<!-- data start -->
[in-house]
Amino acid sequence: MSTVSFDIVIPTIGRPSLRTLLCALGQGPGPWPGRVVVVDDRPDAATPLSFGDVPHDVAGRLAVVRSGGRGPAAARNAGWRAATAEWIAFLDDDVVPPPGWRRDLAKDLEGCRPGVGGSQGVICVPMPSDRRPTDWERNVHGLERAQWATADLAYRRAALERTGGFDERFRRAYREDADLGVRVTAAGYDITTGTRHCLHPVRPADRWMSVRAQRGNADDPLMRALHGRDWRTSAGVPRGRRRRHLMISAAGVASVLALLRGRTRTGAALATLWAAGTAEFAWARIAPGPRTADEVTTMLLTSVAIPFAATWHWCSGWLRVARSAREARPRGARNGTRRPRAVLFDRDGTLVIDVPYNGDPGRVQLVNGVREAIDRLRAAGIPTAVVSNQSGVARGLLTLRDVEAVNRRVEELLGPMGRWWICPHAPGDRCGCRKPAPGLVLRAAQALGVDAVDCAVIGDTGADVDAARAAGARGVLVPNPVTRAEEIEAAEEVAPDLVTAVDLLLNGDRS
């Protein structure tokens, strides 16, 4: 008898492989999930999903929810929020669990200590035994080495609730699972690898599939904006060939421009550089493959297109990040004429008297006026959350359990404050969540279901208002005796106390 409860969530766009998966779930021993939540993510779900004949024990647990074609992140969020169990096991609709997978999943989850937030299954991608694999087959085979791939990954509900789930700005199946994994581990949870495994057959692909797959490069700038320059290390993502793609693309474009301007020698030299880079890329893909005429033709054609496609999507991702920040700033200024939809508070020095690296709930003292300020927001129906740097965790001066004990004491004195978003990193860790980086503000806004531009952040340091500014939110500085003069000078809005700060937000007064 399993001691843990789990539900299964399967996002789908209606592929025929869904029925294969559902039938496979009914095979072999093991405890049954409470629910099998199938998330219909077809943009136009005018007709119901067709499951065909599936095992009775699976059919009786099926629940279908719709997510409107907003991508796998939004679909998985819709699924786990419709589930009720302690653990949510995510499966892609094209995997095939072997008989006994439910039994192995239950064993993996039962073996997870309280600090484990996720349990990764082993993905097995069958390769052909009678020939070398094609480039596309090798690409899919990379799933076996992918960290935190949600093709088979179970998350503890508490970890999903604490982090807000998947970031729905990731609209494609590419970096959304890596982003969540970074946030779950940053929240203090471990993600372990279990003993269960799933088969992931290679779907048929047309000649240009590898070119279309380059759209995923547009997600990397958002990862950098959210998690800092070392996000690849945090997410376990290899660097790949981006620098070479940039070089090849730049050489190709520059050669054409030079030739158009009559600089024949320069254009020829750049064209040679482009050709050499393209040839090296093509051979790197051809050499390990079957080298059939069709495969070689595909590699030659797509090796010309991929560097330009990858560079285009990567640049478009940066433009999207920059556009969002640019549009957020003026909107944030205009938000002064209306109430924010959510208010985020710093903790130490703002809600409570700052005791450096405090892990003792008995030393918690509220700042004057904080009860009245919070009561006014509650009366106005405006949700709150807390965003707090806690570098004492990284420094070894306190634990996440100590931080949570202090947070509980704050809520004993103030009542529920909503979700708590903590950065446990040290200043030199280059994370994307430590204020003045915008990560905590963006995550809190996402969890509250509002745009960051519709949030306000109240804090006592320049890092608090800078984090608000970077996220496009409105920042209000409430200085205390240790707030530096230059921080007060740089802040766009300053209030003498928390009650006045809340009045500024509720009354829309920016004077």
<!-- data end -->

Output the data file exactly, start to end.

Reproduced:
[in-house]
Amino acid sequence: MSTVSFDIVIPTIGRPSLRTLLCALGQGPGPWPGRVVVVDDRPDAATPLSFGDVPHDVAGRLAVVRSGGRGPAAARNAGWRAATAEWIAFLDDDVVPPPGWRRDLAKDLEGCRPGVGGSQGVICVPMPSDRRPTDWERNVHGLERAQWATADLAYRRAALERTGGFDERFRRAYREDADLGVRVTAAGYDITTGTRHCLHPVRPADRWMSVRAQRGNADDPLMRALHGRDWRTSAGVPRGRRRRHLMISAAGVASVLALLRGRTRTGAALATLWAAGTAEFAWARIAPGPRTADEVTTMLLTSVAIPFAATWHWCSGWLRVARSAREARPRGARNGTRRPRAVLFDRDGTLVIDVPYNGDPGRVQLVNGVREAIDRLRAAGIPTAVVSNQSGVARGLLTLRDVEAVNRRVEELLGPMGRWWICPHAPGDRCGCRKPAPGLVLRAAQALGVDAVDCAVIGDTGADVDAARAAGARGVLVPNPVTRAEEIEAAEEVAPDLVTAVDLLLNGDRS
């Protein structure tokens, strides 16, 4: 008898492989999930999903929810929020669990200590035994080495609730699972690898599939904006060939421009550089493959297109990040004429008297006026959350359990404050969540279901208002005796106390 409860969530766009998966779930021993939540993510779900004949024990647990074609992140969020169990096991609709997978999943989850937030299954991608694999087959085979791939990954509900789930700005199946994994581990949870495994057959692909797959490069700038320059290390993502793609693309474009301007020698030299880079890329893909005429033709054609496609999507991702920040700033200024939809508070020095690296709930003292300020927001129906740097965790001066004990004491004195978003990193860790980086503000806004531009952040340091500014939110500085003069000078809005700060937000007064 399993001691843990789990539900299964399967996002789908209606592929025929869904029925294969559902039938496979009914095979072999093991405890049954409470629910099998199938998330219909077809943009136009005018007709119901067709499951065909599936095992009775699976059919009786099926629940279908719709997510409107907003991508796998939004679909998985819709699924786990419709589930009720302690653990949510995510499966892609094209995997095939072997008989006994439910039994192995239950064993993996039962073996997870309280600090484990996720349990990764082993993905097995069958390769052909009678020939070398094609480039596309090798690409899919990379799933076996992918960290935190949600093709088979179970998350503890508490970890999903604490982090807000998947970031729905990731609209494609590419970096959304890596982003969540970074946030779950940053929240203090471990993600372990279990003993269960799933088969992931290679779907048929047309000649240009590898070119279309380059759209995923547009997600990397958002990862950098959210998690800092070392996000690849945090997410376990290899660097790949981006620098070479940039070089090849730049050489190709520059050669054409030079030739158009009559600089024949320069254009020829750049064209040679482009050709050499393209040839090296093509051979790197051809050499390990079957080298059939069709495969070689595909590699030659797509090796010309991929560097330009990858560079285009990567640049478009940066433009999207920059556009969002640019549009957020003026909107944030205009938000002064209306109430924010959510208010985020710093903790130490703002809600409570700052005791450096405090892990003792008995030393918690509220700042004057904080009860009245919070009561006014509650009366106005405006949700709150807390965003707090806690570098004492990284420094070894306190634990996440100590931080949570202090947070509980704050809520004993103030009542529920909503979700708590903590950065446990040290200043030199280059994370994307430590204020003045915008990560905590963006995550809190996402969890509250509002745009960051519709949030306000109240804090006592320049890092608090800078984090608000970077996220496009409105920042209000409430200085205390240790707030530096230059921080007060740089802040766009300053209030003498928390009650006045809340009045500024509720009354829309920016004077």